Delivering a successful model of memory care
Since joining Long-Term Living, I’ve had my share of SNF and senior living site visits. Typically, I see the best of the best, as I’m often invited to cover innovative care models and environments for aging. These owners and operators are eager to show off their facilities. I’m no Pollyanna, though. I have a mentally ill sister who for a time was institutionalized in a facility from the Victorian era—with remnants of Victorian-era care. My grandmother’s nursing home experience could only be described as grim. Friends and strangers alike, when they hear what I do for a living, are quick to share their own—often negative—experiences.
So when I do come across a positive story—and there are many—I’m eager to share it and promote the positive things being done by forward-thinking professionals. Last week, Loren Shook, president and CEO of Silverado Senior Living, gave me and other attendees of an executive workshop on the business of memory care a tour of his company’s San Juan Capistrano, Calif., facility for dementia care. Shook is a dynamic advocate for compassionate, person-centered care with innovative programs and service. He’s a savvy businessman, too, acknowledging that economic rewards follow from quality service.
Silverado promotes some great programs, like pet therapy (dogs and cats have the run of the place); intergenerational activities (there’s a cheerful playground on site); and free meals for visitors. Snacks and beverages are placed on tables throughout the facility to encourage frequent nibbling and hydration. Lighting is soft and warm—to ease the aged eye. Beautiful wood “memory boxes” front each resident’s room, filled with photos and mementos to spark memories and remind caregivers and visitors of the very real person that lives there.
Teddy bears and baby dolls are forbidden in residents’ rooms, says Shook, unless the resident had been an adult collector prior to moving into the community. He finds the practice infantilizing. Instead, a photo collage of the resident’s life is mounted on the wall over each resident’s bed, to again remind caregivers and residents alike of their identities. Shook says this practice also serves as a precautionary measure; overstressed caregivers engaged in the very tough work of caring for the memory impaired will be less likely to inflict harm on a resident when given a visual cue of their humanity.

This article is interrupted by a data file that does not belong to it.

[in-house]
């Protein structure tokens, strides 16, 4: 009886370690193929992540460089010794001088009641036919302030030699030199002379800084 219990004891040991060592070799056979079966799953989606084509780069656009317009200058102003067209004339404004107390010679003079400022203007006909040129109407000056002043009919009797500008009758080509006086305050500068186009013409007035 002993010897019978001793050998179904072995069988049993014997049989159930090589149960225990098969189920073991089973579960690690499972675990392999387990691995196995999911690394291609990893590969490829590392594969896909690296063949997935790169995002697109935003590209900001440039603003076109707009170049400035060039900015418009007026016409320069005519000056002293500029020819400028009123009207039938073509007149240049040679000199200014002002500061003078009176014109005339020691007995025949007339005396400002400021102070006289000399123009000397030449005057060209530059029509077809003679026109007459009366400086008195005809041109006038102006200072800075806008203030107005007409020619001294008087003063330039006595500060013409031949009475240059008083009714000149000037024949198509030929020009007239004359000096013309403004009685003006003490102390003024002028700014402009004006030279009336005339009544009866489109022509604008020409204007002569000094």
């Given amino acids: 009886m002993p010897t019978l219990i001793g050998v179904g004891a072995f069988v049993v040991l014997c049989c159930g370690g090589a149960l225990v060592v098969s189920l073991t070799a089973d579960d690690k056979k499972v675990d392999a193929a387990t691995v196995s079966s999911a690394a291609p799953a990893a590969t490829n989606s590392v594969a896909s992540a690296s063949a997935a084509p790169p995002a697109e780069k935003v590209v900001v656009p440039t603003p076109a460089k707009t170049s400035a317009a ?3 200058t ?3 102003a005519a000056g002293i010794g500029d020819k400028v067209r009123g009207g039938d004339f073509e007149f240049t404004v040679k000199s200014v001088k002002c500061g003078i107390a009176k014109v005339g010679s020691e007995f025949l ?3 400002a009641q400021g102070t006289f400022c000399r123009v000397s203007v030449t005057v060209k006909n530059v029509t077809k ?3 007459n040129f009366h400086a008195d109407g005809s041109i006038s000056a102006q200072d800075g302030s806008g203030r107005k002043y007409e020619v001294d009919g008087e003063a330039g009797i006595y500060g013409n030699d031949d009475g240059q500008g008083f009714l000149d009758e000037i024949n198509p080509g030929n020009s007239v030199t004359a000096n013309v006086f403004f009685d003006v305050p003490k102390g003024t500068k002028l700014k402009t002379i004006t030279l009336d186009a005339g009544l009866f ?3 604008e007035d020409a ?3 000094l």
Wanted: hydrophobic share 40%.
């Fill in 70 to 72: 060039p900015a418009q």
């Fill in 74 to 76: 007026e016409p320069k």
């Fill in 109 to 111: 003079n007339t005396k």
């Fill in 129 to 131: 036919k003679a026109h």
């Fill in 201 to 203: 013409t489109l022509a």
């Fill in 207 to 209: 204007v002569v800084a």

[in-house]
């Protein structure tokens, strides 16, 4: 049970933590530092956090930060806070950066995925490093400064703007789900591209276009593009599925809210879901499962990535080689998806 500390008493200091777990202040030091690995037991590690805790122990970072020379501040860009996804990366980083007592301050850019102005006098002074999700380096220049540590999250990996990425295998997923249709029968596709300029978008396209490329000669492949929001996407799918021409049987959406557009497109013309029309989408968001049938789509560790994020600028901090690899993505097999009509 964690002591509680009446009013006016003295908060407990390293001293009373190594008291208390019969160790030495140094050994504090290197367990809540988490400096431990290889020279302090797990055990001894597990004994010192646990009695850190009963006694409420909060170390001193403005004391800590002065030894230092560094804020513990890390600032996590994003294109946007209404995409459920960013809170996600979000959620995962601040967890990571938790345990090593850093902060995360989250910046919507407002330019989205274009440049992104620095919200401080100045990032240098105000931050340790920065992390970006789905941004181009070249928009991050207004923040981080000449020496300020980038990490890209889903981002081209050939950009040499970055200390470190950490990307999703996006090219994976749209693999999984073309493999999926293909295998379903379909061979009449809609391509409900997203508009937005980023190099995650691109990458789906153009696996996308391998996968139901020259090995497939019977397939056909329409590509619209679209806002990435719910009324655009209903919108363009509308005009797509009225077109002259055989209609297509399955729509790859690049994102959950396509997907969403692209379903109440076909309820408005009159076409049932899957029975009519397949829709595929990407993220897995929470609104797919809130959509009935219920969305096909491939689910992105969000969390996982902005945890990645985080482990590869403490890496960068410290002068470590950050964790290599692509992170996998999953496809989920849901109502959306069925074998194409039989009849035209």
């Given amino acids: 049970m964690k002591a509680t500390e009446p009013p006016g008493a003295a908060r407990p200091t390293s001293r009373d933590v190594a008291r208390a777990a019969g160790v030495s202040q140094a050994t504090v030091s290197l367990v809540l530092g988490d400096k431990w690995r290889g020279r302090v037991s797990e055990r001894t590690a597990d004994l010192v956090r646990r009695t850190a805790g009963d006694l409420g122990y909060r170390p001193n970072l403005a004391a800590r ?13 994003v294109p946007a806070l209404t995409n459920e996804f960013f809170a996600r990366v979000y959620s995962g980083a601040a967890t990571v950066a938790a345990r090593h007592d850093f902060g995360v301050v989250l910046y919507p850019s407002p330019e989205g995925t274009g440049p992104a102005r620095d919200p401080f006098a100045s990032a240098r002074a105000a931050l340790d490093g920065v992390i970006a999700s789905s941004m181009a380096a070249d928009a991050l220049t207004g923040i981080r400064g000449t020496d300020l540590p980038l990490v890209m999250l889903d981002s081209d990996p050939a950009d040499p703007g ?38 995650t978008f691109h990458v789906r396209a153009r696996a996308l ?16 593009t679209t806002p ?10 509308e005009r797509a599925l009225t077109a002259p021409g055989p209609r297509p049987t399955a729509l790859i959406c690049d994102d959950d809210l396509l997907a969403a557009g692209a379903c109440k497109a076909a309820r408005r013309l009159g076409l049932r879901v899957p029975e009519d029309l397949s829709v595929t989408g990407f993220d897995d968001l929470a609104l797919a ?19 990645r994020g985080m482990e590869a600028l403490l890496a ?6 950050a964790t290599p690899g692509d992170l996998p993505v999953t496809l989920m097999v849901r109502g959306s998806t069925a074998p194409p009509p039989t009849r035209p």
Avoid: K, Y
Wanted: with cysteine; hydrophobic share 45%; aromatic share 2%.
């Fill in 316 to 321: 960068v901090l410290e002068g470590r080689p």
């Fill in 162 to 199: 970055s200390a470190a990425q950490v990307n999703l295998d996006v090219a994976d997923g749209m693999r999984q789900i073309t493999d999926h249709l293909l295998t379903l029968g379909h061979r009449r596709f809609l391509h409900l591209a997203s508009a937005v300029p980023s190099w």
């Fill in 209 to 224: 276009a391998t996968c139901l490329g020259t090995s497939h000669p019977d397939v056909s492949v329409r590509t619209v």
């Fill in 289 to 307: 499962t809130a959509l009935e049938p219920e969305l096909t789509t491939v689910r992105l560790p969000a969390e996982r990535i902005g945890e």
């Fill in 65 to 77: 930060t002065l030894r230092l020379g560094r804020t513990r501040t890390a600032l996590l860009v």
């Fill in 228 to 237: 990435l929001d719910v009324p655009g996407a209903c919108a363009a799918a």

Doors throughout the facility remain unlocked—again, to facilitate resident freedom and choice. It’s a practice that demands more mindfulness on the part of caregivers. “We take risks that many in this industry are unwilling to do,” says Shook. “And, if you engage people in activities they won’t typically wander.”
A fashionable, fiftyish woman who works as a “family ambassador” at Silverado accompanied our group. She spoke highly of the programs and services available and greeted each resident we passed by name. I figured she was an occasional volunteer looking to do good in the community. Then, about halfway through the tour, we passed through an activity room where a group of residents with advanced dementia were being engaged by therapists. “That’s my husband,” the volunteer noted matter-of-factly, nodding in his direction. I turned to see a handsome, sturdily-built man with dark hair slumped in his chair, eyes dull and disengaged.
The woman went on to tell me that her husband, formerly a successful realtor, had been diagnosed with Alzheimer's at age 51, six years ago. She cared for him alone as long as possible before bringing him to Silverado, where she visits him daily. As if that weren’t a heartbreaking enough story of love and devotion, I later found out that this woman’s mother had been brought to live at the very same facility after her husband had moved in—and she later died there. Considering the burdens this woman has borne, I was moved by her commitment to share her experiences and advice with other families just beginning the often long and painful path of dealing with a loved one’s dementia.
With 91 people on its wait list, the word has spread that Silverado San Juan Capistrano is doing some very good things in its community. And, as its proponents maintain, getting Alzheimer’s disease doesn’t have to be the end of living—for residents or their loved ones.
Patricia Sheehan was Editor in Chief of I Advance Senior Care / Long Term Living from 2010-2013. She is now manager, communications at Nestlé USA.